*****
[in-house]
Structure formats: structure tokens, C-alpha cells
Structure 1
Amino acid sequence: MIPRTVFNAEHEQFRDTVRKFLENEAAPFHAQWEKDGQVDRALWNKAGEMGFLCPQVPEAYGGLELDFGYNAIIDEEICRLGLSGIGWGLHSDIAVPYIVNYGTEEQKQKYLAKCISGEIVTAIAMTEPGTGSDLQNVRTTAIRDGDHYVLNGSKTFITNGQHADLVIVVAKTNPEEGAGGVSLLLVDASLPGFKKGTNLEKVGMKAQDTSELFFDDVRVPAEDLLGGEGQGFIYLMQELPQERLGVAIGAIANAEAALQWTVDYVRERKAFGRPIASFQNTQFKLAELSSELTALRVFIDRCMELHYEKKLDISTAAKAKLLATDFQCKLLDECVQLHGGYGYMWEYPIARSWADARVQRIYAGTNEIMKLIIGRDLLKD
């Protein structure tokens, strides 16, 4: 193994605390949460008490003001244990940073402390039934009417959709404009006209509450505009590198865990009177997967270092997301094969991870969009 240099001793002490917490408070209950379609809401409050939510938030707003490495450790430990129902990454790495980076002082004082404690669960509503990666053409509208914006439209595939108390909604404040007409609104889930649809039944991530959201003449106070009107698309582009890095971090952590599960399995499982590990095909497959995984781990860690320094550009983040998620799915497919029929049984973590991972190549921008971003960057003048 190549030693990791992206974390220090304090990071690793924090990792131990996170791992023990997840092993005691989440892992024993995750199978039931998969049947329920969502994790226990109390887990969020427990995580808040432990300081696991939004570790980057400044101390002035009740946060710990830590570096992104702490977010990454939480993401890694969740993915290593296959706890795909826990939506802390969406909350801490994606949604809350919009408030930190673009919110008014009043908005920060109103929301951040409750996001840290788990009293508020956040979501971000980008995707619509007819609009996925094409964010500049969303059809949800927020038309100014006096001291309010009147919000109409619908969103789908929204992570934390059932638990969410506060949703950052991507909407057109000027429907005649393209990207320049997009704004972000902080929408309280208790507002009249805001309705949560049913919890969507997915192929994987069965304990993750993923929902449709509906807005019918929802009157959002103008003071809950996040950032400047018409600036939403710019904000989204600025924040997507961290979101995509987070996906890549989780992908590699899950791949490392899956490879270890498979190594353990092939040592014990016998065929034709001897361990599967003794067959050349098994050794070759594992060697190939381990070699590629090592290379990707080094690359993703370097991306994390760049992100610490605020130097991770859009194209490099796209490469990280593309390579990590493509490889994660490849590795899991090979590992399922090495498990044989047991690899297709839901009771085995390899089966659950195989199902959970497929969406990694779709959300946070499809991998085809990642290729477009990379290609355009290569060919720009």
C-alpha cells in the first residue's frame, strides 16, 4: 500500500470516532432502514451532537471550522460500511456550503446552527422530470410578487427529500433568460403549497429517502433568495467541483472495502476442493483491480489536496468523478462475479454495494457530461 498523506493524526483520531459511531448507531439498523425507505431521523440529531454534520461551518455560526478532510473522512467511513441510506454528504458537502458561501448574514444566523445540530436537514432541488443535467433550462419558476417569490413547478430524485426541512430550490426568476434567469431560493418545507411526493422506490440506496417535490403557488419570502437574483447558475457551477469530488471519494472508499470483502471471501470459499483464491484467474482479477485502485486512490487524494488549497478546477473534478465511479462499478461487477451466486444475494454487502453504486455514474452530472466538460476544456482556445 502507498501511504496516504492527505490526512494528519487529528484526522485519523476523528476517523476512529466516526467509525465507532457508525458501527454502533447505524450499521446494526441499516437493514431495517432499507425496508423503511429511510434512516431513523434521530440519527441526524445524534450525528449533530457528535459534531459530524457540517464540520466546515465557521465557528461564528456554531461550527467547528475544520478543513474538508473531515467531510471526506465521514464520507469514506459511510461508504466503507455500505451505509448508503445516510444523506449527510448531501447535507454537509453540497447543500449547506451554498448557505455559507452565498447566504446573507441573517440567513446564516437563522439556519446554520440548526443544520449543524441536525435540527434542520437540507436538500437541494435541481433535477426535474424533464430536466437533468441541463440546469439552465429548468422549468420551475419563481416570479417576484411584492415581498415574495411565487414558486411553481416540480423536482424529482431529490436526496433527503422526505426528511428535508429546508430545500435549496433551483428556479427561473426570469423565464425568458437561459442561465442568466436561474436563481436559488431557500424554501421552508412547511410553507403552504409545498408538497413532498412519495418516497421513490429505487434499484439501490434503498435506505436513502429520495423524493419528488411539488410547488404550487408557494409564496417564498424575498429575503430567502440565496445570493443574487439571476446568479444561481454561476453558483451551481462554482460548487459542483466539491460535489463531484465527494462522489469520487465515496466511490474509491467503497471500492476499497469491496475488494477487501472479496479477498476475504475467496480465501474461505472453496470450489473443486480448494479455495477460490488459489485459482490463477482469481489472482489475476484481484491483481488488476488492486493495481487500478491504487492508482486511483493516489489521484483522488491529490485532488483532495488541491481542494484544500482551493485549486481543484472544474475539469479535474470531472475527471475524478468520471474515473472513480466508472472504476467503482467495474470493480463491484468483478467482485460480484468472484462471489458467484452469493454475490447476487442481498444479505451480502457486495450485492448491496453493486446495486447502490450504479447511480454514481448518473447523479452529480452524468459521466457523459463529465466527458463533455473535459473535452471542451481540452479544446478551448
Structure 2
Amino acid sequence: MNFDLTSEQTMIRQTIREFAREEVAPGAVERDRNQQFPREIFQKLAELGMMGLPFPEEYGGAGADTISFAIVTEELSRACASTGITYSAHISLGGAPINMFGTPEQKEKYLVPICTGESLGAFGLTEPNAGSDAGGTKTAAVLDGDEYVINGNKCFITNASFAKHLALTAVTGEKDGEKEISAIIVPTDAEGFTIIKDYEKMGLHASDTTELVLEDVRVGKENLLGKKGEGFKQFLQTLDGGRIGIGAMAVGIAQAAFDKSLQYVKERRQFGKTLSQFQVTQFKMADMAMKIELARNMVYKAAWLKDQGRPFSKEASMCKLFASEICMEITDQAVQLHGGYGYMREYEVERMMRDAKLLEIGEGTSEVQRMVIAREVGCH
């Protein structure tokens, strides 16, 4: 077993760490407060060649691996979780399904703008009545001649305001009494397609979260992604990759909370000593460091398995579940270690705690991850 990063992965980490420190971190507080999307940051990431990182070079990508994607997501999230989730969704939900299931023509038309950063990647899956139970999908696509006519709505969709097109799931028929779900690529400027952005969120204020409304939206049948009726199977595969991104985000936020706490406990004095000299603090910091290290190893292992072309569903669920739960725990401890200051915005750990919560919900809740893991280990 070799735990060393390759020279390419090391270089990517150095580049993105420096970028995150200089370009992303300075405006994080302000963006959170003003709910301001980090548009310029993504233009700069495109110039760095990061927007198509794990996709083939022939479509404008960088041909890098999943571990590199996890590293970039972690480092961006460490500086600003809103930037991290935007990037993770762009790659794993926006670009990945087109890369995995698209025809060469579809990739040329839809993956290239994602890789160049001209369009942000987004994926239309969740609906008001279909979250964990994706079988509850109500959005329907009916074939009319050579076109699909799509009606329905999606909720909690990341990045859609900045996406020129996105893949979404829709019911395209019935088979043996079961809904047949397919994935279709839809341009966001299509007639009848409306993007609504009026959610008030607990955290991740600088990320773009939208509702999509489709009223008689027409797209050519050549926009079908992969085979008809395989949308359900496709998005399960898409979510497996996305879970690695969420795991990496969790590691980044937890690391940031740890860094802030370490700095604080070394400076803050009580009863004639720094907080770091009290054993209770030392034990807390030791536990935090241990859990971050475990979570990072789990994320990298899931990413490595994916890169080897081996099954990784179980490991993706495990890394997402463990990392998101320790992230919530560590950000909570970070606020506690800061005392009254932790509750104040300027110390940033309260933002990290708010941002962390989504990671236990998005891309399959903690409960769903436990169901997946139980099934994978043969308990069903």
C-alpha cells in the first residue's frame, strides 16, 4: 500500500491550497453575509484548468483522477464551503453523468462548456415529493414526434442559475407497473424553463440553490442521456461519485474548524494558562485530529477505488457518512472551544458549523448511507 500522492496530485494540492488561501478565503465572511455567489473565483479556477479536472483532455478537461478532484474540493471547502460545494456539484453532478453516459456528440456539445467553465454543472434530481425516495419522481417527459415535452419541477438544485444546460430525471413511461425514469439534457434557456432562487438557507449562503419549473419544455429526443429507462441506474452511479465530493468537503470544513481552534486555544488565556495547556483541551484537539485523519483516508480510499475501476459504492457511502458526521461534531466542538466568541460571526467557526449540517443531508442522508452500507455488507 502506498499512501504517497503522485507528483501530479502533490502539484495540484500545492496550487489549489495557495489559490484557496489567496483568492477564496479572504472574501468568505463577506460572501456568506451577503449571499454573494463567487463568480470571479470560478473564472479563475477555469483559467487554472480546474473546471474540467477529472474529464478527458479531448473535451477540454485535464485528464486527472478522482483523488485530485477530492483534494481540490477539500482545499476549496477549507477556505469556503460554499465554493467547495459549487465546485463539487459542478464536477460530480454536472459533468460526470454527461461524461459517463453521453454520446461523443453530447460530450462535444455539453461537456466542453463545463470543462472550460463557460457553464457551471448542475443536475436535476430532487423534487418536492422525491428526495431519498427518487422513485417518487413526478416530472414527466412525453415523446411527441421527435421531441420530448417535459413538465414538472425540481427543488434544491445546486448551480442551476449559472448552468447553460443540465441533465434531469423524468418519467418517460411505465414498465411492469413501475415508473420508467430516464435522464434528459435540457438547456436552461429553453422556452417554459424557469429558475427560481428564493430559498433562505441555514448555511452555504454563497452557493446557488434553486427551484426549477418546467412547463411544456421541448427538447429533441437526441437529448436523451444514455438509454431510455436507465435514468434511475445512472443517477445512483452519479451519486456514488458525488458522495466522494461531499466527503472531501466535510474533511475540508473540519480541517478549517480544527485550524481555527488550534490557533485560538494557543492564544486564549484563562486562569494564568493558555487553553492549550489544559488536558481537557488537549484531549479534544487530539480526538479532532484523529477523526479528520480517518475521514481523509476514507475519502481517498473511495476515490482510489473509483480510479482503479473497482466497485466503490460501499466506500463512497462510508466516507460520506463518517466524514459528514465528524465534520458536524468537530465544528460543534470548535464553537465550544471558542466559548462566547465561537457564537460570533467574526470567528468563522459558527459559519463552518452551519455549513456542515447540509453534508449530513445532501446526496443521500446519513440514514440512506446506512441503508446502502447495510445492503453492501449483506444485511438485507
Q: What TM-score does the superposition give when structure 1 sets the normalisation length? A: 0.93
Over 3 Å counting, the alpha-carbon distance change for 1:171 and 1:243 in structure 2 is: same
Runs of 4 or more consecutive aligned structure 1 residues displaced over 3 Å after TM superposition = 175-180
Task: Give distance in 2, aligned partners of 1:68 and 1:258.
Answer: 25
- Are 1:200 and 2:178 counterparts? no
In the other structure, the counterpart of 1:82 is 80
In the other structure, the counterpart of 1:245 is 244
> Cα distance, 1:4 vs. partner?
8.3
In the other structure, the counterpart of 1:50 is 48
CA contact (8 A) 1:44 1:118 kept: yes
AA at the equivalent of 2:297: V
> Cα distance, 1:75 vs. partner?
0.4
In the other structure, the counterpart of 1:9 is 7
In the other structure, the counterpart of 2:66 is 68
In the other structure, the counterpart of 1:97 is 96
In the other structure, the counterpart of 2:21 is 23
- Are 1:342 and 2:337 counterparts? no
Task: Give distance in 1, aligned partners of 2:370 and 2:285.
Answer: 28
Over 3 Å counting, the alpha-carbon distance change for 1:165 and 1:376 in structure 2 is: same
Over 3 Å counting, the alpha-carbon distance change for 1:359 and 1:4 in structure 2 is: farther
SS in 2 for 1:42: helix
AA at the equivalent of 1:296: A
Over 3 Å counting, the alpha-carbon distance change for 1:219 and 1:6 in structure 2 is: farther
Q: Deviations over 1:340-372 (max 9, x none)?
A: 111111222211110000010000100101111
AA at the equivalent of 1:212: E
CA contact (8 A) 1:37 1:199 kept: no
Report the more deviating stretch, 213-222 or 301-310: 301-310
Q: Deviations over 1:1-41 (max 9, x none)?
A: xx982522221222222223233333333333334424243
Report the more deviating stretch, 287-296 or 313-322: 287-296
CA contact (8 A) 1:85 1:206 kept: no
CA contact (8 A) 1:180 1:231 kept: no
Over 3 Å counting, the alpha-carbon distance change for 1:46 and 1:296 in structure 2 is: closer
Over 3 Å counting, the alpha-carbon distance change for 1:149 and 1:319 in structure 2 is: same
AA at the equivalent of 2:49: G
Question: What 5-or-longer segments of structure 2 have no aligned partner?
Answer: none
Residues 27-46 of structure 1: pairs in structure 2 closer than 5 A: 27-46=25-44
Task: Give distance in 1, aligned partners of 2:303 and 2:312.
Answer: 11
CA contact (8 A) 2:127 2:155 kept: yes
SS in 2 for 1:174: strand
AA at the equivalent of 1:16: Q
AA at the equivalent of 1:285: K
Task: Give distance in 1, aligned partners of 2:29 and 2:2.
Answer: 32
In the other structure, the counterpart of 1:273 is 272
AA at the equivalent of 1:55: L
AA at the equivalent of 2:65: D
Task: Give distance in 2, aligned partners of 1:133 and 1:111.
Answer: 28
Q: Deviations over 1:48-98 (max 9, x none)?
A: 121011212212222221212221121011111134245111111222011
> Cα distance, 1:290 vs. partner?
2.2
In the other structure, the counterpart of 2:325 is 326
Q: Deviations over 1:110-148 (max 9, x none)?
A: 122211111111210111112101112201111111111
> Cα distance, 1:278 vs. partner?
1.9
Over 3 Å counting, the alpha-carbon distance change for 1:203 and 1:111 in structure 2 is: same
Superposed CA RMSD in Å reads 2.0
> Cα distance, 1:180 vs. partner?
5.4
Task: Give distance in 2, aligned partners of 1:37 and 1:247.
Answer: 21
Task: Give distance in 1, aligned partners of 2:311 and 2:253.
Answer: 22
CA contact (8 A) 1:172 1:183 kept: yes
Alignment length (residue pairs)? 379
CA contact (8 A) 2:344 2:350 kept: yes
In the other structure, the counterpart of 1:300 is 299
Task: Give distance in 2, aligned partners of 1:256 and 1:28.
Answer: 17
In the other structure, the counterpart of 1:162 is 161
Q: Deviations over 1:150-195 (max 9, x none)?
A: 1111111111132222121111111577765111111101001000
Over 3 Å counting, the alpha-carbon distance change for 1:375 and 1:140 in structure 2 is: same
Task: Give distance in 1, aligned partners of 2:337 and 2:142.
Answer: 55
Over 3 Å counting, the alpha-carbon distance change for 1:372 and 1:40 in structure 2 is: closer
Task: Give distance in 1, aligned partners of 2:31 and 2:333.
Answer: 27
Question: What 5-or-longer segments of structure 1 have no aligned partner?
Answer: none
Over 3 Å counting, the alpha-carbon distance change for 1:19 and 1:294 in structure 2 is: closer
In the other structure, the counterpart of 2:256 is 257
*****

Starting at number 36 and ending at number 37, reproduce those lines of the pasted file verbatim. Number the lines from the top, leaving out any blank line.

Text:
AA at the equivalent of 1:296: A
Over 3 Å counting, the alpha-carbon distance change for 1:219 and 1:6 in structure 2 is: farther